fbpx

Photo by David Castellon Partners Gubrir Sapraj, right, and Jagdeep Singh, middle, stand in one of three office buildings they are developing off Fig Garden Loop in Fresno. They’re speaking with Art Lancaster, the designer, about plans for constructing the interior of the more than 14,000-square-foot building that Singh already has purchased to relocate his insurance business.

published on May 9, 2019 - 9:54 AM
Written by Frank Lopez

After years of running his own construction business, Gubrir Sapraj decided to try his hand at real estate development.

In less than two months, he expects to see how that roll of the dice pays off, as that’s when construction is expected to be finished on The Grove at Fig Garden, a three-building, single story office complex at 4065 W. Figarden Dr., next to the Falls Event Center.

The building was designed to be divided up into minimum 2,000-square foot office spaces, because Sapraj and his partners figured some business operators wanting office space in such a prime location on the Fig Garden Loop might not be able to afford large spaces, so designing offices that could be spacious or more compact with the simple exclusion or addition of walls made sense.

The Grove at Fig Garden is a new office development under construction expected to be finished in less than two months.

 

Being flexible is paying off, as the largest of the three buildings, at 14,130 square feet, already has been sold to an insurance company well before construction has been completed.

Granted, that insurance company is owned by Jagdeep Singh, who besides owning Jagdeep Singh Insurance is one of the partners with Sapraj in the office development.

In fact, his current 6,000 square-foot office is just down the street from the office under construction, and he said he wasn’t planning to move when the group began developing the office project, but a trend of long-haul truck insurers going out of business — due to high accident rates in the industry — has garnered him more business that requires more employees and space.

“We grew so quickly that by the time the project was ready, we were in the need for bigger space,” Singh said, adding that with the new, larger office, he’ll be able to increase his staff from 35 people to close to 60.

“We want to hire more people, but we don’t have room for them.”

As for the other two buildings, each with more than 6,500 square feet of space, the ability to offer smaller spaces also seems to be paying off, as a medical clinic is buying half of one, and a trucking company is buying the other half.

As for the third building, Singh said even without much marketing, the partners are getting lots of inquiries from people looking for small to medium-sized spaces, from somebody looking at part of the space for a beauty shop to another interested in making it a truck dispatch center to a Realtor looking for a new office.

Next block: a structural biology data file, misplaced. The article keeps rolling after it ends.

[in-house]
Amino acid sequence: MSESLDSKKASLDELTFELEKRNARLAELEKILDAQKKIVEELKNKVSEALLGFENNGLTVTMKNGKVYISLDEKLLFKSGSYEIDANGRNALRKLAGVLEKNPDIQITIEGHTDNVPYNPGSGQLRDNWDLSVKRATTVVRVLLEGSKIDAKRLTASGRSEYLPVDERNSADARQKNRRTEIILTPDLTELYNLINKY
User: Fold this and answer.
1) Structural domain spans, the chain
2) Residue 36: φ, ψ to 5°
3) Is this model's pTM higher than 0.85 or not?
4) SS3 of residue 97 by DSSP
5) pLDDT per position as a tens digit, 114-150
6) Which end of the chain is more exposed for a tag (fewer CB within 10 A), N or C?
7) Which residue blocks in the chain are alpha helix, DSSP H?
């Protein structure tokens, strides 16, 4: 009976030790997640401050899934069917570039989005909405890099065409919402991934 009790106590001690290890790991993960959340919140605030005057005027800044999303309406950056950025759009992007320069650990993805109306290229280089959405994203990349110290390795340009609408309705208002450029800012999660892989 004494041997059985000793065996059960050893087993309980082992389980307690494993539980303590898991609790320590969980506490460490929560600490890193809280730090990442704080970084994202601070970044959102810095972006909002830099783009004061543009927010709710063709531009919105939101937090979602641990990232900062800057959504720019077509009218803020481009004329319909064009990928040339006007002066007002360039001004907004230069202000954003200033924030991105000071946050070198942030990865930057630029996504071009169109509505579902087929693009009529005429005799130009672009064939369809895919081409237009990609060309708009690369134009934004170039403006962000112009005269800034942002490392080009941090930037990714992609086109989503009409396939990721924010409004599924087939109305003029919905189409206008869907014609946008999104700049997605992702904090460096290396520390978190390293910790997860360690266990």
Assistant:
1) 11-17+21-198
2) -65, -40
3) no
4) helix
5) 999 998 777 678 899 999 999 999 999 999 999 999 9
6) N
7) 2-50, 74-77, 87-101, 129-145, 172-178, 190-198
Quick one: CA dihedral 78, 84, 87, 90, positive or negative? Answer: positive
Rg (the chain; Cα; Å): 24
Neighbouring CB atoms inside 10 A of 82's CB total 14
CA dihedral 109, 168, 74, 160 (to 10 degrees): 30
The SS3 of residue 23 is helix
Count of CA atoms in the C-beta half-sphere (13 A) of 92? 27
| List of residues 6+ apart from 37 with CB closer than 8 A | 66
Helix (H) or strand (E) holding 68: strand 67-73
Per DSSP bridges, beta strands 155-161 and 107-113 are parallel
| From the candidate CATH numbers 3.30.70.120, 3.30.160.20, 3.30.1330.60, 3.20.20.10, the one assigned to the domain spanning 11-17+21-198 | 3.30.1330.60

Experts say that Fresno County is in substantial need of new office space, with the vacancy rate at just 2 percent. Singh said the flexibility of being able to easily offer a variety of office sizes is helping fuel interest in The Grove at Fig Garden.

This is a building method becoming increasingly common among new commercial offices not built on spec — for specific clients who have leased or bought it before the design and construction has begun — said Art Lancaster, the development’s designer.

Many such offices are being made so non load-bearing walls can be added wherever needed to divide the spaces to various sizes without the more complicated, expensive work involved in moving load-bearing walls, he explained.

Lancaster added that he designed the front of each section as an entire wall of windows in which some could be removed and replaced with glass doors.

What’s also unique about the project are offices in the 2,000- to 3,000-square-foot range usually are available only for rent, not for sale, as they are at The Grove at Fig Garden, Lancaster said.

If any of the owners ever want to downsize and sell all or part of their spaces to a neighbor, the wall between them can easily be taken down, another selling point, he said.

As for the construction, which began about eight months ago, difficulties finding available construction workers to hire — a challenge throughout the Valley — and hitting an unmarked gas line while digging caused some delays.

“Otherwise, everything went smooth,” Sapraj said.


e-Newsletter Signup

Our weekly poll

Should college athletes in California be able to earn money from endorsements?

Loading ... Loading ...

Central Valley Biz Blogs

shares